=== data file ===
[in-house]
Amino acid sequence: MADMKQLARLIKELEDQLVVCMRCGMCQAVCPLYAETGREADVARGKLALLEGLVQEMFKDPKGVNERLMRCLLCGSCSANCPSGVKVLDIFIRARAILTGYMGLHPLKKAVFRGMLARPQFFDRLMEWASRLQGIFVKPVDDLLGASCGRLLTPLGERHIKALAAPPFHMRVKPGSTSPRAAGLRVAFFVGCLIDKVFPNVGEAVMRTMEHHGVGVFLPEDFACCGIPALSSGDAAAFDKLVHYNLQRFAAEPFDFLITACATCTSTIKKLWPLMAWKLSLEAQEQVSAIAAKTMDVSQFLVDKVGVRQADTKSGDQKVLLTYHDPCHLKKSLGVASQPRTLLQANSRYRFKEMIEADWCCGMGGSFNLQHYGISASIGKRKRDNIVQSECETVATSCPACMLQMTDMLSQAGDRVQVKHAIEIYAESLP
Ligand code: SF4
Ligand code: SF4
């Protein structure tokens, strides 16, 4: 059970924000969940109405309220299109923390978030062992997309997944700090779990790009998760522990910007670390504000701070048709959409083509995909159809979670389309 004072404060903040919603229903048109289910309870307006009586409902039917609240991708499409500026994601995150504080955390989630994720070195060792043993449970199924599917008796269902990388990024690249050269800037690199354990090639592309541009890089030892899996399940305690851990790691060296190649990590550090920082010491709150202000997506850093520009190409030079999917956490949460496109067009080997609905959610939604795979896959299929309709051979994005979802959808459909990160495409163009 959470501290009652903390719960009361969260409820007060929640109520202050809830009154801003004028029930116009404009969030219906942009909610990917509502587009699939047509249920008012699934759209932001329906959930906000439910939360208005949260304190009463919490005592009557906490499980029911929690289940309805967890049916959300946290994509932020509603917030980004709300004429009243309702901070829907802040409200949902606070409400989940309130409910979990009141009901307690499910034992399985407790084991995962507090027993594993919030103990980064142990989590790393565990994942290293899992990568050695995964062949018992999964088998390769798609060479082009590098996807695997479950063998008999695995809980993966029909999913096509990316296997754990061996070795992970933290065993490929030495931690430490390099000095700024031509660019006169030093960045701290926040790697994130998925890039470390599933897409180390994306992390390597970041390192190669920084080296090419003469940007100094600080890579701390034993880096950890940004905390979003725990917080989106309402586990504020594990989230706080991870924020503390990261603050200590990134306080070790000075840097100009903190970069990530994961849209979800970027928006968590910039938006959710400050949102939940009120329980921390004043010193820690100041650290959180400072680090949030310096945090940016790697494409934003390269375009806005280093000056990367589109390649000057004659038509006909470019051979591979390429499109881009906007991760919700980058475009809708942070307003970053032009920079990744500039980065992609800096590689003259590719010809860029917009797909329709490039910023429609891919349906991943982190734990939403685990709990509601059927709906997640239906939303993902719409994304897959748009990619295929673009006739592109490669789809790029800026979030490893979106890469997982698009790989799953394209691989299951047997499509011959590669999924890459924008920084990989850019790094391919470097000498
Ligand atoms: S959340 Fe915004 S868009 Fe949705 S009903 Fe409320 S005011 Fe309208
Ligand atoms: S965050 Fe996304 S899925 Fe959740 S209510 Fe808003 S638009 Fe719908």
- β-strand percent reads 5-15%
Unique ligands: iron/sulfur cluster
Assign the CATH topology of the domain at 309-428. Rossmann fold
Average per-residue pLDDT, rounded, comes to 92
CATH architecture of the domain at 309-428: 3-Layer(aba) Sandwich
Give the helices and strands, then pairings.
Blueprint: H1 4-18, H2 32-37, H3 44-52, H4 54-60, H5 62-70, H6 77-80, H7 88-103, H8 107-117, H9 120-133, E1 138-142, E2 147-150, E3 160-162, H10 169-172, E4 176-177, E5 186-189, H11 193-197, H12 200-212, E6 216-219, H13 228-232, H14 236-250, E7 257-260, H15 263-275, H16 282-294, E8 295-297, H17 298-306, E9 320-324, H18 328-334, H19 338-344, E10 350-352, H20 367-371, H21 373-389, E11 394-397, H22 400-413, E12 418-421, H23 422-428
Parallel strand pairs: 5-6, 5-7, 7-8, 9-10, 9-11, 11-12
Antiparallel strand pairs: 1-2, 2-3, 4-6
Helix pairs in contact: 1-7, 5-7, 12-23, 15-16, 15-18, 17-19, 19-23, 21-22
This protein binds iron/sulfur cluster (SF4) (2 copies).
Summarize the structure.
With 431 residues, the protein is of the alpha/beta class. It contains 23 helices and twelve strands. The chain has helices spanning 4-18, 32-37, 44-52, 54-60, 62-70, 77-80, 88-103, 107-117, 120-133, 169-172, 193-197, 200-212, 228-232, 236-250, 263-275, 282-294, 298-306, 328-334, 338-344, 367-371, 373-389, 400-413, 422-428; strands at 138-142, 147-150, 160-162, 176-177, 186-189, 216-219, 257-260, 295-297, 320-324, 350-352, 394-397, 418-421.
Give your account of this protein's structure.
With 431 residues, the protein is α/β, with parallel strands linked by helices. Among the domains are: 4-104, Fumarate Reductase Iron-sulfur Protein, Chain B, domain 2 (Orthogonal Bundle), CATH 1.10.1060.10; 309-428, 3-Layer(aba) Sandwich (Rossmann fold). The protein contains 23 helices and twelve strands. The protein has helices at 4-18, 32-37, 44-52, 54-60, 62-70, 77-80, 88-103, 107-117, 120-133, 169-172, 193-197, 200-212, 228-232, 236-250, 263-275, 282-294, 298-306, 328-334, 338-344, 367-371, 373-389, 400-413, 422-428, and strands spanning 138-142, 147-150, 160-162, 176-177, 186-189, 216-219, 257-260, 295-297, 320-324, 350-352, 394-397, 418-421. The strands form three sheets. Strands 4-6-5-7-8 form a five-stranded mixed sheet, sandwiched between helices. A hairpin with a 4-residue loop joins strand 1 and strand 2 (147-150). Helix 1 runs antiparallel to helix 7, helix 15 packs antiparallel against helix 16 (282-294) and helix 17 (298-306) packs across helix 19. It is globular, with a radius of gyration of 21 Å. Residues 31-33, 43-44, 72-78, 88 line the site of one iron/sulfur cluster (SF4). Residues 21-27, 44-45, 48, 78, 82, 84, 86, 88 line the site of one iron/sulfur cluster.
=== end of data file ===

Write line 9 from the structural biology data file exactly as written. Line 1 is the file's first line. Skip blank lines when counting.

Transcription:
Unique ligands: iron/sulfur cluster